Agriculture Reference
In-Depth Information
Chapter 4: Chicken Breeds for Egg Production
How to Raise Chickens for Egg Production:
It is important to know that chickens do not need a rooster for laying eggs. They will simply
not be fertilized. This is useful to know if city ordnances do not allow roosters. Before you
start raising a backyard flock for egg production, it is wise to choose the breeds that are
known for their egg laying prowess. You should also consider if you will be using your flock
to lay eggs for commercial purposes.
The chickens will need a warm, dry and well-ventilated coop. You should make this secure
as there are a number of predators who love to eat chickens. Free range birds are better egg
layers as they will lead a more natural life and be less inclined to fight and peck at each oth-
er. Therefore it is good to attach a run to the coop for your chickens. This should be covered
and be well-secured against predators.
The usual cleaning chores apply as the chickens should be kept clean to stay healthy. They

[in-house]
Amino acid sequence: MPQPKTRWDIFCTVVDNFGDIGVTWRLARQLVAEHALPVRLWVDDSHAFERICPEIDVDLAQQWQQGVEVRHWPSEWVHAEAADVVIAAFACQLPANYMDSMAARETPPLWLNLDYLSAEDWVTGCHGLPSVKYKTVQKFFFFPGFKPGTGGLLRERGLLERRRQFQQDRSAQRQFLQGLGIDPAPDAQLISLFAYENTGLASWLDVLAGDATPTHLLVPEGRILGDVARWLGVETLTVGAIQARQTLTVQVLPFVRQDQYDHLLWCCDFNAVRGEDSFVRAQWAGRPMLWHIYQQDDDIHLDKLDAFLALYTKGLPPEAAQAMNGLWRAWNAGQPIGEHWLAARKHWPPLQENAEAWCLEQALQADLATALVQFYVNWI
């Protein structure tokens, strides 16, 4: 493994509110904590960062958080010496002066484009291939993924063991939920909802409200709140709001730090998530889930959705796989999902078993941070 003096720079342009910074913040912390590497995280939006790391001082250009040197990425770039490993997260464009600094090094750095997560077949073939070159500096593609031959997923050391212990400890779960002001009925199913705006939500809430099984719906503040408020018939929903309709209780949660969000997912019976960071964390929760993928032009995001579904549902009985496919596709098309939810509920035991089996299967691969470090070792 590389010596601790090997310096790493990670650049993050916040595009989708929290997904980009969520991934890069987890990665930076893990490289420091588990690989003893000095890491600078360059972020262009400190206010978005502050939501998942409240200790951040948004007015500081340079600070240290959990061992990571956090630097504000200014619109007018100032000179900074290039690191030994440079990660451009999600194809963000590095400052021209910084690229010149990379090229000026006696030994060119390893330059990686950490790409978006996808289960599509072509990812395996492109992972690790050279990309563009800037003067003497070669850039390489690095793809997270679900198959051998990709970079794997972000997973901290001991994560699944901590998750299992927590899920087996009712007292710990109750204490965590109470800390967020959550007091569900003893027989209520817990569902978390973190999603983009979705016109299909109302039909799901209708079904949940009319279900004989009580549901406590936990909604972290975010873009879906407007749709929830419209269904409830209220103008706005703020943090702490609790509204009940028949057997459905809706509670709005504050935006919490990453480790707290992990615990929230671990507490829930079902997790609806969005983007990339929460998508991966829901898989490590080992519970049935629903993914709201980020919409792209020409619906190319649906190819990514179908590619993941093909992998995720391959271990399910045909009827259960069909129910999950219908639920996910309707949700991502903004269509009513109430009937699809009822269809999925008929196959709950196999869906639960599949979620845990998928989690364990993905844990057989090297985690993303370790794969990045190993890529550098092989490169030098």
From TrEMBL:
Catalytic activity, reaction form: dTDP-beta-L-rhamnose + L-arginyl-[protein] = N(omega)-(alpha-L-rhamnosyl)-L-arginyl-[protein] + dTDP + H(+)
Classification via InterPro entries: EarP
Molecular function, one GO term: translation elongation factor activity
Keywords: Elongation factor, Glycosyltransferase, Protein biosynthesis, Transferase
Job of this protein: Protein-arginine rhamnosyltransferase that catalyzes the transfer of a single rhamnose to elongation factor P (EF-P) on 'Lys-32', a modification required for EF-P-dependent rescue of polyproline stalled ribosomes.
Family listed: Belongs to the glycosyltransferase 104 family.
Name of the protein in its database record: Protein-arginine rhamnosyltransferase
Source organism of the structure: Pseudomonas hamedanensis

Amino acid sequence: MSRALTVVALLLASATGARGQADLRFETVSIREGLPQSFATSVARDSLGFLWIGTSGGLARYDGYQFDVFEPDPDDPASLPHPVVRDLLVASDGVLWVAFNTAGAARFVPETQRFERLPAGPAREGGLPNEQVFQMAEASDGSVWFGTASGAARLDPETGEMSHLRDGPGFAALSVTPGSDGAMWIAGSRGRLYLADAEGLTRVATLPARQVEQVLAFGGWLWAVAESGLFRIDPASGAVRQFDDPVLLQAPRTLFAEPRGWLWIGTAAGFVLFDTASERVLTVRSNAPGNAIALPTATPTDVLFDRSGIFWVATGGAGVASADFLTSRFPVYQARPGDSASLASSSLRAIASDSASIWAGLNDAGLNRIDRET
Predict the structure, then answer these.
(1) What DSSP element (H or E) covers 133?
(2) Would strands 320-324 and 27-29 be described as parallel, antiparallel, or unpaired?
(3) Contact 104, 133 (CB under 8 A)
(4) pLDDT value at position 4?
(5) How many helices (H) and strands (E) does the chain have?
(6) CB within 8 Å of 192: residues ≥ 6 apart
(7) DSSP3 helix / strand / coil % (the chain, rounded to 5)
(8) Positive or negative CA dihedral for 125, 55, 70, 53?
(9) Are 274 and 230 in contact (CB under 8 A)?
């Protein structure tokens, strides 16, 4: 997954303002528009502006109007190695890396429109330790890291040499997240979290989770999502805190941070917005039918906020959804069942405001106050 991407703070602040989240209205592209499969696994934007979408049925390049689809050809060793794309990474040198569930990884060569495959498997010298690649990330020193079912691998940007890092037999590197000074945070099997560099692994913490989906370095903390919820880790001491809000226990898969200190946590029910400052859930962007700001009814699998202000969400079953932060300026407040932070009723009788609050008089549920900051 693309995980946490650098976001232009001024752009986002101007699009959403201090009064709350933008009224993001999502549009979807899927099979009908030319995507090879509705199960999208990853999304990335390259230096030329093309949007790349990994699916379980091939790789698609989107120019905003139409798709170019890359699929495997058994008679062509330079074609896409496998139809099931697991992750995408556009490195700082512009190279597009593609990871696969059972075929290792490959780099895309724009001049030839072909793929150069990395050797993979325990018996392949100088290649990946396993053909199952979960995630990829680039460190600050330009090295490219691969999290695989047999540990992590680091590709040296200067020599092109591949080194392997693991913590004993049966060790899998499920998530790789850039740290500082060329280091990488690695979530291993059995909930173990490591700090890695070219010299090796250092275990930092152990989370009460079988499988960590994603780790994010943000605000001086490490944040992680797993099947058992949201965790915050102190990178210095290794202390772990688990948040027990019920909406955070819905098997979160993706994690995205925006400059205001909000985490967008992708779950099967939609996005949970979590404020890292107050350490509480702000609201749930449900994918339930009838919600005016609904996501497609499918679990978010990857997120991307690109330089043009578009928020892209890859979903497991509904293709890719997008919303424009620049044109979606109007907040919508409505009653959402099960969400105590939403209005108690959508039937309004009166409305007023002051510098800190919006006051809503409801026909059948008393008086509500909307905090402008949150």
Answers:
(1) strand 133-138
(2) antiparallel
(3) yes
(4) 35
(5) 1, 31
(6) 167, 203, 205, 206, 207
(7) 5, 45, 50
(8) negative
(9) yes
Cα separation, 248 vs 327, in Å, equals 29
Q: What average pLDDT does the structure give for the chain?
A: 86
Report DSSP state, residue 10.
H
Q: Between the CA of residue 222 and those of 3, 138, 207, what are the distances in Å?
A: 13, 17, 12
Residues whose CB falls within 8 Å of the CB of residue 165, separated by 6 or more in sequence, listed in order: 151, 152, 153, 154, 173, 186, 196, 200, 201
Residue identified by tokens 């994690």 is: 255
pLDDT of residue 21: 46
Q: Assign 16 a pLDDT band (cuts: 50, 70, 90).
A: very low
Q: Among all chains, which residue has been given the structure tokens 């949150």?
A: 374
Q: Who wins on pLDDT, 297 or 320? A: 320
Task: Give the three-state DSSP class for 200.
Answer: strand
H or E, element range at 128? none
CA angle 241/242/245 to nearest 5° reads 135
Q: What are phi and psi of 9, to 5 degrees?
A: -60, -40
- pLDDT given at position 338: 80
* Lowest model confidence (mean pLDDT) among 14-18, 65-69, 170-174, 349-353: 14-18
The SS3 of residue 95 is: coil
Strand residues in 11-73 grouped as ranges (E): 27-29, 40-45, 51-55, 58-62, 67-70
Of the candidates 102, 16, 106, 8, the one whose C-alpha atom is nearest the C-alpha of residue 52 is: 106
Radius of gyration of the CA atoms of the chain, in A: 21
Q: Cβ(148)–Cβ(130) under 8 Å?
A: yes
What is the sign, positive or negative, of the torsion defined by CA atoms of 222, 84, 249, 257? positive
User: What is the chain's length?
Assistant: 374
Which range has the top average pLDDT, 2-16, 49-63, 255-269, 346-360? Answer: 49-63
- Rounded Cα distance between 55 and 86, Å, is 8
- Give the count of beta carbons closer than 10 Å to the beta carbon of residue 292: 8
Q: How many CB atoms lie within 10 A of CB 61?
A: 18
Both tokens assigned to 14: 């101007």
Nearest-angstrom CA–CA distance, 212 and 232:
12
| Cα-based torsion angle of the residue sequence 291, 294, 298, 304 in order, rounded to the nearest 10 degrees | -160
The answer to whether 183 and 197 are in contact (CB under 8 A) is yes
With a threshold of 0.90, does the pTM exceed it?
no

will need clean water and food on a daily basis. If you want to breed egg layers you will
find that they are not broody and you will have to learn how to use an incubator. However
there are breeds that are brooders and they will happily hatch out eggs the natural way. If
you choose a broody breed make sure it is a dual purpose bird who will also supply you
with eggs. Egg laying chickens will need egg laying feed at 4 months, or you can make your
own. Free range birds are best for egg layers as they will be less irritable and will be able to
forage. This adds to the nutrition of the egg and happy hens will lay better.
When Should I Start Collecting Eggs?
Hens start to lay between 4 to 6 months. At first the eggs will be small and elongated. The
eggs will get larger as they become mature. For commercial purposes it is wise to sell the
eggs when they get to normal size but the first eggs can be consumed at home.
Different Size and Weight of Chicken Eggs
Jumbo: More than 2.5 oz.
Extra-large: More 2.25 oz. and less than 2.5 oz.
Large: More than 2 oz. but less than 2.25 oz.
Medium: More than 1.75 oz.
Small: More than 1.5 oz.
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